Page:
Hyperpnea-Induced Bronchoconstriction and Urinary CC16 Levels in Athletes


Medicine & Science in Sports & Exercise: July 2011 - Volume 43 - Issue 7 - pp 1207-1213
doi: 10.1249/MSS.0b013e31820750d8
Basic Sciences

Purpose: Exercise-induced bronchoconstriction (EIB) is a common condition in both individuals with asthma and otherwise healthy elite athletes. Although excessive water loss by peripheral airways during hyperpnea is regarded as the initial trigger for EIB, the cascade of events that follows remains unclear. Our goal was to establish whether transient disruption of the airway epithelial barrier occurs after a short period of hyperpnea of dry air in athletes with EIB.

Methods: Urinary concentration of the pneumoprotein Clara cell (CC16) was used as an assumed biomarker of lung epithelial cell damage or dysfunction. Samples were collected at baseline and for 90 min after an 8-min eucapnic voluntary hyperpnea (EVH) test in 50 female individuals (28 athletes and 22 untrained).

Results: Nineteen subjects (10 athletes) demonstrated a sustained bronchoconstriction after EVH (mean ± SE forced expiratory volume in the first second (FEV1) fall from baseline = 23.4% ± 2.6%). The remaining subjects had a negative challenge result with an FEV1 fall of 5.9% ± 0.6%. An increase (P < 0.001) in urinary CC16 concentration was noticed after EVH in all but one subject, with no group difference (median CC16 increase before to after challenge: athletes EVH 0.083 ng·μmol−1, athletes EVH+ 0.223 ng·μmol−1, untrained EVH 0.074 ng·μmol−1, untrained EVH+ 0.571 ng·μmol−1; P > 0.05).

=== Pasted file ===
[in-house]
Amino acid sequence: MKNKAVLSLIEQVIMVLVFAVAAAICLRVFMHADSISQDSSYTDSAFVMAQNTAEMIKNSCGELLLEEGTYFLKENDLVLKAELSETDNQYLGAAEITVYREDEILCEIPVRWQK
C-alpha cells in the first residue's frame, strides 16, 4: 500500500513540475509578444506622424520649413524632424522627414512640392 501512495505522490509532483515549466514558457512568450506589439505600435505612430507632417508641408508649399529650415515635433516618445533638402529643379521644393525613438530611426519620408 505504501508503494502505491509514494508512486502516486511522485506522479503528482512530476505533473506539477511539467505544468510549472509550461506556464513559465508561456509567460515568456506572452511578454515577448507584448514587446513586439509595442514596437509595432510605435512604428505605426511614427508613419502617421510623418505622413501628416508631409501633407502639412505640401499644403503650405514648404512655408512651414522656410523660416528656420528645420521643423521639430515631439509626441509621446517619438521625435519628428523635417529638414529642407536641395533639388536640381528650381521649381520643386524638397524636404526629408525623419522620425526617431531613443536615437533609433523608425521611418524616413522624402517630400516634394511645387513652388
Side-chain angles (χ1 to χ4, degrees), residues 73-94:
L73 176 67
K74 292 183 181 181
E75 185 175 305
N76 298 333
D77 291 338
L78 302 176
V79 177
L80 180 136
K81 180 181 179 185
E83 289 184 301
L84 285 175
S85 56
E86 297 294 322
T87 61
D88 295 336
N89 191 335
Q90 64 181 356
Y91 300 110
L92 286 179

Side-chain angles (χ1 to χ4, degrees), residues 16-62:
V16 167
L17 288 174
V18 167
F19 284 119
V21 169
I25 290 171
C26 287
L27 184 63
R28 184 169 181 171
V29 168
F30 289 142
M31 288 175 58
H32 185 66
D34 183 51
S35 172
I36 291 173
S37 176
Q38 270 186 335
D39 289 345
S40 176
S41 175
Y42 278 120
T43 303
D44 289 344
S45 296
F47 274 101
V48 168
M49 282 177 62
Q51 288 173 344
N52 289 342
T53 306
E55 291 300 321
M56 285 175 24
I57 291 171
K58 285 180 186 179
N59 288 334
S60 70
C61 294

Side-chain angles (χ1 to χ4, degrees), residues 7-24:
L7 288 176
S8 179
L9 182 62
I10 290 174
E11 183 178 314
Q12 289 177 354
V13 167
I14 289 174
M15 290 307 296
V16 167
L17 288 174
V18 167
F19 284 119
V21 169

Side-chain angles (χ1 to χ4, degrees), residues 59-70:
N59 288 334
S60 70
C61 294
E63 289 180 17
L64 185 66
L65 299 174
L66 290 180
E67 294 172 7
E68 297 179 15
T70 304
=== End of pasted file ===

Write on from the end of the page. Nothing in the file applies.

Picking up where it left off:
Conclusions: Urinary levels of CC16 are increased after EVH in all individuals (trained and untrained, with and without EIB) suggestive of dehydration-induced perturbation of the distal respiratory epithelium during episodes of hyperventilation.

1School of Medical Sciences, University of Aberdeen, Aberdeen, UNITED KINGDOM; 2Department of Respiratory Medicine & Allergology, Lund University Hospital, Lund, SWEDEN; 3Department of Lung Medicine, St. Olavs Hospital, University Hospital of Trondheim, Trondheim, NORWAY; 4Department of Circulation and Imaging, Norwegian University of Science and Technology, Trondheim, NORWAY; 5Department of Occupational Medicine, University of Aberdeen, Aberdeen, UNITED KINGDOM; 6Institute of Occupational and Environmental Medicine, University of Birmingham, Birmingham, UNITED KINGDOM; and 7Centre for Sports Medicine and Human Performance, Brunel University, Uxbridge, UNITED KINGDOM

Address for correspondence: Pascale Kippelen, Ph.D., Centre for Sports Medicine & Human Performance, School of Sport & Education, Brunel University, Uxbridge, Middlesex, UB8 3PH, United Kingdom; E-mail: pascale.kippelen@brunel.ac.uk.

Submitted for publication June 2010.

Accepted for publication November 2010.

© 2011 American College of Sports Medicine